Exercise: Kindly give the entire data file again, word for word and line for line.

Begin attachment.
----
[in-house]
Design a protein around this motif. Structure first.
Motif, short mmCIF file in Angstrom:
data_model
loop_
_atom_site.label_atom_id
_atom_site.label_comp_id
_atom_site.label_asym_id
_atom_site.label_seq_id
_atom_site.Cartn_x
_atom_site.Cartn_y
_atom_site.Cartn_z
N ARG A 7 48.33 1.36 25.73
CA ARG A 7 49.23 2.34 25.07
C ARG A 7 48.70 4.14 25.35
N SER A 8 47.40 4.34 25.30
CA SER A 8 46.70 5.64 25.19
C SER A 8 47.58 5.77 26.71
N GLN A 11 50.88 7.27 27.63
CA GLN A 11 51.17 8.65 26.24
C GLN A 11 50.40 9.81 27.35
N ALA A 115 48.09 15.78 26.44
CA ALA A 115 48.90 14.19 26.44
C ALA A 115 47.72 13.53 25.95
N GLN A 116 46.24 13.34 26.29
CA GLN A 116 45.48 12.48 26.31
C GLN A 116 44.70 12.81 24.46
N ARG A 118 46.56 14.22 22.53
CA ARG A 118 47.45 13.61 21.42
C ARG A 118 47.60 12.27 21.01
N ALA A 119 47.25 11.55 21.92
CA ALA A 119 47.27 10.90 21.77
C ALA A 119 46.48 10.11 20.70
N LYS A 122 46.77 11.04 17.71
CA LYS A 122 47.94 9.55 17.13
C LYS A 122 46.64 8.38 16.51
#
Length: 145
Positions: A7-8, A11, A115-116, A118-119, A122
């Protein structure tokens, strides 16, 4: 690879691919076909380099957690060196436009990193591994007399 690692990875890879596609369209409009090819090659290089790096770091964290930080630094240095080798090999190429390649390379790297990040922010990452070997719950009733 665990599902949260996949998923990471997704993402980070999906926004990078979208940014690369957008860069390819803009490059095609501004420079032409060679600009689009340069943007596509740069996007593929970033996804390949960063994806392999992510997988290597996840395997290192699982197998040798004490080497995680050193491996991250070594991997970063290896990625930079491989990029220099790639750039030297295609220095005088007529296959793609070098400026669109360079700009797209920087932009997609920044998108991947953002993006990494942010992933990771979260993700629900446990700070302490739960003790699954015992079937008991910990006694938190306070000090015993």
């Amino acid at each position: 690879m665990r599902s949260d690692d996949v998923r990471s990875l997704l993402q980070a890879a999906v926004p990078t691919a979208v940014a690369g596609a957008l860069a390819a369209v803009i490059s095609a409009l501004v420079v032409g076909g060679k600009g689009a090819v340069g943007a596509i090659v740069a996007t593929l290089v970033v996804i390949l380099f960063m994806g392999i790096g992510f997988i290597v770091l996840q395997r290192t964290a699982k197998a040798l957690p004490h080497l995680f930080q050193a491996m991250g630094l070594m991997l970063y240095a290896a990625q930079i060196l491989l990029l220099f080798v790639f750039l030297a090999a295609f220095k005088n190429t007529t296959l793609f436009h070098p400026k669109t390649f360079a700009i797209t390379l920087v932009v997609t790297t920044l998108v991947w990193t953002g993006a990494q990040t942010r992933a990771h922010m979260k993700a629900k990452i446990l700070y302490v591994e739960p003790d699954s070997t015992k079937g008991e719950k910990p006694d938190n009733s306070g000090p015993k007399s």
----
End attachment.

[in-house]
Design a protein around this motif. Structure first.
Motif, short mmCIF file in Angstrom:
data_model
loop_
_atom_site.label_atom_id
_atom_site.label_comp_id
_atom_site.label_asym_id
_atom_site.label_seq_id
_atom_site.Cartn_x
_atom_site.Cartn_y
_atom_site.Cartn_z
N ARG A 7 48.33 1.36 25.73
CA ARG A 7 49.23 2.34 25.07
C ARG A 7 48.70 4.14 25.35
N SER A 8 47.40 4.34 25.30
CA SER A 8 46.70 5.64 25.19
C SER A 8 47.58 5.77 26.71
N GLN A 11 50.88 7.27 27.63
CA GLN A 11 51.17 8.65 26.24
C GLN A 11 50.40 9.81 27.35
N ALA A 115 48.09 15.78 26.44
CA ALA A 115 48.90 14.19 26.44
C ALA A 115 47.72 13.53 25.95
N GLN A 116 46.24 13.34 26.29
CA GLN A 116 45.48 12.48 26.31
C GLN A 116 44.70 12.81 24.46
N ARG A 118 46.56 14.22 22.53
CA ARG A 118 47.45 13.61 21.42
C ARG A 118 47.60 12.27 21.01
N ALA A 119 47.25 11.55 21.92
CA ALA A 119 47.27 10.90 21.77
C ALA A 119 46.48 10.11 20.70
N LYS A 122 46.77 11.04 17.71
CA LYS A 122 47.94 9.55 17.13
C LYS A 122 46.64 8.38 16.51
#
Length: 145
Positions: A7-8, A11, A115-116, A118-119, A122
């Protein structure tokens, strides 16, 4: 690879691919076909380099957690060196436009990193591994007399 690692990875890879596609369209409009090819090659290089790096770091964290930080630094240095080798090999190429390649390379790297990040922010990452070997719950009733 665990599902949260996949998923990471997704993402980070999906926004990078979208940014690369957008860069390819803009490059095609501004420079032409060679600009689009340069943007596509740069996007593929970033996804390949960063994806392999992510997988290597996840395997290192699982197998040798004490080497995680050193491996991250070594991997970063290896990625930079491989990029220099790639750039030297295609220095005088007529296959793609070098400026669109360079700009797209920087932009997609920044998108991947953002993006990494942010992933990771979260993700629900446990700070302490739960003790699954015992079937008991910990006694938190306070000090015993």
């Amino acid at each position: 690879m665990r599902s949260d690692d996949v998923r990471s990875l997704l993402q980070a890879a999906v926004p990078t691919a979208v940014a690369g596609a957008l860069a390819a369209v803009i490059s095609a409009l501004v420079v032409g076909g060679k600009g689009a090819v340069g943007a596509i090659v740069a996007t593929l290089v970033v996804i390949l380099f960063m994806g392999i790096g992510f997988i290597v770091l996840q395997r290192t964290a699982k197998a040798l957690p004490h080497l995680f930080q050193a491996m991250g630094l070594m991997l970063y240095a290896a990625q930079i060196l491989l990029l220099f080798v790639f750039l030297a090999a295609f220095k005088n190429t007529t296959l793609f436009h070098p400026k669109t390649f360079a700009i797209t390379l920087v932009v997609t790297t920044l998108v991947w990193t953002g993006a990494q990040t942010r992933a990771h922010m979260k993700a629900k990452i446990l700070y302490v591994e739960p003790d699954s070997t015992k079937g008991e719950k910990p006694d938190n009733s306070g000090p015993k007399s």